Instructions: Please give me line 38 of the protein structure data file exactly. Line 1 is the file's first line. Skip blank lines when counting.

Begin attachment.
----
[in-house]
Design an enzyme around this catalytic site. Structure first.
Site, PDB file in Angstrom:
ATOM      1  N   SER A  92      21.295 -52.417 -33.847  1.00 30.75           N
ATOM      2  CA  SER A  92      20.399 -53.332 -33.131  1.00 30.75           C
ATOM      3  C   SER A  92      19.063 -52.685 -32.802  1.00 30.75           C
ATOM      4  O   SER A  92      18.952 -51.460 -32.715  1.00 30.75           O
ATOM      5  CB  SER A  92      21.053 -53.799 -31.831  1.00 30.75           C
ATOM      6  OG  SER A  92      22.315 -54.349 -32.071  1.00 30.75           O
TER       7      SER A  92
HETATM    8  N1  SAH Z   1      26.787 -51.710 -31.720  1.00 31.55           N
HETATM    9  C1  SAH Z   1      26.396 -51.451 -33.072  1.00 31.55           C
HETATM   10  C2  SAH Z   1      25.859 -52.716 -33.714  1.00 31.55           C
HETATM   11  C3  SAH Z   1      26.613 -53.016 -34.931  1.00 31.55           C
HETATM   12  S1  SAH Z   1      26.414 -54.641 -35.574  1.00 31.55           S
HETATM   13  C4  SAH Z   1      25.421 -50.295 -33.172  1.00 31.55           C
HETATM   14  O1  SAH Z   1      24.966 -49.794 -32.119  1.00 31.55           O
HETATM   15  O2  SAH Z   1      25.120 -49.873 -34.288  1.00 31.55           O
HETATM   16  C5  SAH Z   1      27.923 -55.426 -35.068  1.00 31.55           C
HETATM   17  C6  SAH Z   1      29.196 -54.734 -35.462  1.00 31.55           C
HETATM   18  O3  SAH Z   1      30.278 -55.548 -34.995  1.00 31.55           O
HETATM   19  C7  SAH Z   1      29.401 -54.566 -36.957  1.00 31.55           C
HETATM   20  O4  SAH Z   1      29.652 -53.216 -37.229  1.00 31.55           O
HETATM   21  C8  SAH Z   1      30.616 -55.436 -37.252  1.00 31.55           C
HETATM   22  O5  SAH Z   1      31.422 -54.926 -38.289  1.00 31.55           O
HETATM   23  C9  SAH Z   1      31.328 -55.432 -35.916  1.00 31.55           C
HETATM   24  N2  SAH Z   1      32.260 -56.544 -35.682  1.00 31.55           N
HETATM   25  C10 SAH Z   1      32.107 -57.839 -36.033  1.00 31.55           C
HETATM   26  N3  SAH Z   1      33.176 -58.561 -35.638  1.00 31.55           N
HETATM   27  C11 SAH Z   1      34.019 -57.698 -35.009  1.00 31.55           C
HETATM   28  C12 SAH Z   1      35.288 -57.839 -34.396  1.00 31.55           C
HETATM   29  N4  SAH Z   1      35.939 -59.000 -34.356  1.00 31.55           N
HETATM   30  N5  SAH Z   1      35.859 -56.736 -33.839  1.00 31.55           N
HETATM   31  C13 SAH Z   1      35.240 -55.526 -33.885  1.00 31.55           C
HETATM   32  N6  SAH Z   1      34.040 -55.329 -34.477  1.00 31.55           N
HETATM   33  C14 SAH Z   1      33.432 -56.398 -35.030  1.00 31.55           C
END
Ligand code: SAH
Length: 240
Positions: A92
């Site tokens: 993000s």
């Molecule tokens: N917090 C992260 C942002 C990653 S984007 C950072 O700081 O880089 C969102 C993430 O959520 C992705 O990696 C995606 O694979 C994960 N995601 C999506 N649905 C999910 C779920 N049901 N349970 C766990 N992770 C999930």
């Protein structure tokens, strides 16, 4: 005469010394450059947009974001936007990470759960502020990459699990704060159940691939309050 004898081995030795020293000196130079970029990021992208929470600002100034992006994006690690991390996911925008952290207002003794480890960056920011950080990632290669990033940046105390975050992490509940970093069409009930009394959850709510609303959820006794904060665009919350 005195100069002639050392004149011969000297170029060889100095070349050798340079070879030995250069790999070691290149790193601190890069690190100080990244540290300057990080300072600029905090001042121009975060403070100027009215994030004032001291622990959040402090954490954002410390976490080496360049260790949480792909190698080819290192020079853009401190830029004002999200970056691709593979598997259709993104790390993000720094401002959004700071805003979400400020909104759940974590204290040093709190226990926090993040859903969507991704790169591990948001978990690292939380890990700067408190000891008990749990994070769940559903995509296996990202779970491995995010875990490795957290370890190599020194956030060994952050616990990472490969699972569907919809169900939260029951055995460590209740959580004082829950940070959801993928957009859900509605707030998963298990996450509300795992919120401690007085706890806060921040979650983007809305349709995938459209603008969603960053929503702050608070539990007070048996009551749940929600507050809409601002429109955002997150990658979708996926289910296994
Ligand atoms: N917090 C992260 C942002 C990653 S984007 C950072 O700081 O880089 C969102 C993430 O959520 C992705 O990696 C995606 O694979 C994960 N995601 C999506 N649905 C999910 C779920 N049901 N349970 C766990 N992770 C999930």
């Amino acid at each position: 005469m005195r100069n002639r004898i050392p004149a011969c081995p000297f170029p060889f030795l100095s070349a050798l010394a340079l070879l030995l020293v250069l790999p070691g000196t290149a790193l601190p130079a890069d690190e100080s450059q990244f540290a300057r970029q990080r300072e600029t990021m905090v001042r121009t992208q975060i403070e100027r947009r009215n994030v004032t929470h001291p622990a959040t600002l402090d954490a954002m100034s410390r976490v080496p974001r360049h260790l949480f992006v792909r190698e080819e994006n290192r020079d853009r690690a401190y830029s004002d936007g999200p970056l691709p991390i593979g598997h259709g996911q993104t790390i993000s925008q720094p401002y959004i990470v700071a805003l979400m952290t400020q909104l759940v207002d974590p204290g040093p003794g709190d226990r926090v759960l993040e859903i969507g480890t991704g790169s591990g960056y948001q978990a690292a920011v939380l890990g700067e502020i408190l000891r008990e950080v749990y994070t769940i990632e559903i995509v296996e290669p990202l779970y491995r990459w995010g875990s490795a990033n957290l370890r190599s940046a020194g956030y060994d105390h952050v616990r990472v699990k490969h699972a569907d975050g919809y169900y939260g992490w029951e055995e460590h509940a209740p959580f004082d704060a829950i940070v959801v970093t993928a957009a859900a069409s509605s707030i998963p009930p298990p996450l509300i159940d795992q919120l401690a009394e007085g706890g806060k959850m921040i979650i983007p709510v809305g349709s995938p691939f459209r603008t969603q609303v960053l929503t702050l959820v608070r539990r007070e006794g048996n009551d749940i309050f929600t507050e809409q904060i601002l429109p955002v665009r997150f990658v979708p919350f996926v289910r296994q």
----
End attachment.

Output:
Ligand code: SAH